Super Mario 64 Revisited

Despite the almost unanimous assertion that it’s the greatest game to have ever been handed down to man directly from the hand of God himself, I never really got into Super Mario 64. Sure, I preordered it with my Nintendo 64 all those years ago and spent a great bit of the system’s launch-week trying to save Princess Peach, but other than not having anything else to play at the time, I never felt compelled to work through it. It’s not that I was especially lazy or unable to appreciate the high-quality of the game; it just never clicked with me. Perhaps I wasn’t in the mood for more of Mario’s zany world, but it’s entirely possible that I was simply craving something a little grittier at that point in my gaming “career”. (After all, by the N64’s launch, the Sega CD, 3DO and Playstation had clearly illustrated that console gaming didn’t have to be comprised of cutesy cartoon characters going on silly adventures in rainbow-colored worlds.) Whatever the case, I spent a couple of weeks half-heartedly playing the game, ultimately resigning it to storage with the greatest of indifference, never to really play it again. (I won’t count the DS version of the game, which, thanks to the shite controls, I disliked almost immediately.)

But oh, how things have changed…

Fast forward ten years to the launch of the Wii and a download from the system’s Virtual Console, and I find myself once again traipsing around in Princess Peach’s castle, repeating stages and collecting stars. Not only have I been surprised at how much I remember of the game’s many secrets and whatnot, but I have also been taken aback by how much I have been thoroughly enjoying it this time around. Whereas the primary-colored world of Super Mario 64 was perhaps, subconsciously, a downer in the 1996 gaming scene, today it’s like a shining beacon of originality and imagination that very few modern games can compare to. As I make my way through the game, I am reminded of that good ol’ Nintendo magic, and how when they’re really “on” they have no equal. (Even though it clearly goes without saying, every would-be game designer would be well-advised to study the work of Shigeru Miyamoto.) Sure, the game’s wonky camera can be quite maddening at times, but while playing through any part of the game, you’d be hard pressed to not take notice of the many elements of genius that this game embodies. From the incredibly imaginative world to the absolutely rock-solid game design, this title just does everything right. Even after 10 years of age, it’s hard to play SM64 and not be consistently impressed with what it has to offer — despite this point in time being the age of the explicit “gangsta” game.

Super Mario 64 inside Peach's castle
If you’re like me, the “Inside the Castle Walls” theme pops into your head just by looking at this pic.

In regards to my recent late arrival to the SM64 love party, I can’t help but think that one of the things that has made me appreciate it on a greater level than I did during the game’s release is sharing it with my young daughter. Just like the renewal of interest one experiences in things like Christmas when parenthood is entered, the same thing has applied to this game. Giving my daughter the chance to run Mario around the inside and outside of Peach’s castle was the main thing that influenced my purchase of the game from the Virtual Console (she always wants to play “Nintendo”), and her immediate love for the game (and frequent need for help in it) was the thing that caused me to sit down and really work on playing it again. She has really fallen in love with SM64, and to see her reactions to the game’s many characters, places and events has only made me re-appreciate, what, not only is a truly wonderful game, but a wonderful franchise. After so many years, so many games and so many systems, I think it’s easy to forget everything that we originally loved about these old series’ from days gone by. For an old, jaded gamer like myself, getting to re-experience such old-tyme franchises through the fresh eyes of a child is quite a magical thing. (And of course, to be the parent of such a promising uber-geek is a great thing as well. *wink*)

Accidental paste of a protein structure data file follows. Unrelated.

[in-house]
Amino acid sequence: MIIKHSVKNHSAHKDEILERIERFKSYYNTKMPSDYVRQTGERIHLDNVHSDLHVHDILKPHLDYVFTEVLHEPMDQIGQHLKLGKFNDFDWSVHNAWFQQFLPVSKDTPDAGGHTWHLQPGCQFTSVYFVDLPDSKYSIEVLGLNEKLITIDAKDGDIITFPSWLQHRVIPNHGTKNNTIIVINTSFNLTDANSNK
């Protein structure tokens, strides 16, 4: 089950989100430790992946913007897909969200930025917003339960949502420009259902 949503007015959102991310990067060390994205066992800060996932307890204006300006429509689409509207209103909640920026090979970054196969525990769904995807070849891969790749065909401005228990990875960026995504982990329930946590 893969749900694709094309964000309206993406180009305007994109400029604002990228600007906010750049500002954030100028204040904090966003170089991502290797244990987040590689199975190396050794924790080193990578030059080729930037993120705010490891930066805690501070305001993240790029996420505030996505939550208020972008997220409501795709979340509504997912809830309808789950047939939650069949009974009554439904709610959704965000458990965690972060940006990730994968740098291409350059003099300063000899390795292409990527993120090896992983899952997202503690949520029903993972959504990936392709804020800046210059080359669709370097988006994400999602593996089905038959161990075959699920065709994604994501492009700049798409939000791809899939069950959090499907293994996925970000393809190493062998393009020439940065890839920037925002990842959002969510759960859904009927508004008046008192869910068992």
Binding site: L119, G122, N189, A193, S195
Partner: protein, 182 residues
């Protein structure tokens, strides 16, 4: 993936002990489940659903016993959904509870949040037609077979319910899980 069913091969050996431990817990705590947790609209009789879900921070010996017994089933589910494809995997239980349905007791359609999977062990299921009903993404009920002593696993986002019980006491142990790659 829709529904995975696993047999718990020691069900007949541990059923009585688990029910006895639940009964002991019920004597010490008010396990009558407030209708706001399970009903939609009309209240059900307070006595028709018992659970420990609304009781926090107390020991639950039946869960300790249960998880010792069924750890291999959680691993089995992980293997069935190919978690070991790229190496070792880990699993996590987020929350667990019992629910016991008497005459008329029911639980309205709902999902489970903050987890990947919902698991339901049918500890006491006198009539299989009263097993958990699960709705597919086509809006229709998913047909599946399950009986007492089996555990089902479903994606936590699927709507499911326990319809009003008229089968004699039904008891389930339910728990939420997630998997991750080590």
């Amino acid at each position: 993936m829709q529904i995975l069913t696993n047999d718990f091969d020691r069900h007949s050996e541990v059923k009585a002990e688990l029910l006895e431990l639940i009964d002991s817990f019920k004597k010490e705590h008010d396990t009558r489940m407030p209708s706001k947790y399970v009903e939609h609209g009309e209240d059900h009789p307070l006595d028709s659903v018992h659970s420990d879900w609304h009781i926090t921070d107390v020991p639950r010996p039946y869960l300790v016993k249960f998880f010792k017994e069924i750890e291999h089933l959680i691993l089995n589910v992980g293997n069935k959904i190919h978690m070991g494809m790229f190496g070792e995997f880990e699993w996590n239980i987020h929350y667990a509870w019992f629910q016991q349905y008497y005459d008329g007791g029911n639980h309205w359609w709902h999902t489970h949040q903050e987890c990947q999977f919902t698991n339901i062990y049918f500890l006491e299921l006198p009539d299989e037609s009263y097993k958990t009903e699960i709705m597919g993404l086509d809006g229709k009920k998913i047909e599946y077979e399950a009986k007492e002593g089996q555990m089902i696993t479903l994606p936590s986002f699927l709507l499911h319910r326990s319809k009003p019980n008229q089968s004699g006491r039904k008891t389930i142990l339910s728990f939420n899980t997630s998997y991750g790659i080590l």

With our nightly “Nintendo” get-togethers on the Wii (damn, it’s cool to refer to gaming as “playing Nintendo” again), my daughter and I will surely save Princess Peach, ending what has been, for me, a 10-year rescue mission gone unfulfilled.

And for the record, I never denied the greatness of SM64 or disagreed with those who claimed it to be one of the greatest games of all-time…I just never let myself fall into the experience enough to where I could unequivocally agree.

I’m glad I came around.

Fatsquatch Written by:

Professional nerd. Enemy of nonsense. Failed musician. Friend to the animals. Misanthrope. Jaded gamer.


  1. zfunk007
    December 20, 2006

    Bravo Joey! And well written. You nearly brought a tear to my eye! I have fond memories of this game in early high school and it truly is one of the greats. I may have to download it myself at some point (although after watching a speedrun of this game I am not in any hurry).

    And it is great to refer to playing games again as “Playing Nintendo.” People might finally be coming around and perhaps this early 21st century pseudo-gangsta-grand-theft-auto mentality in games will pass. But even if it doesn’t, at least I know I have my Wii to appease me, and I know others are starting to follow suit. Bring on Super Mario Galaxy!

  2. December 20, 2006

    Bravo Joey! And well written. You nearly brought a tear to my eye!

    As someone who is completely aware that he is nothing more than a hack, I take that as a HUGE compliment. Thanks!

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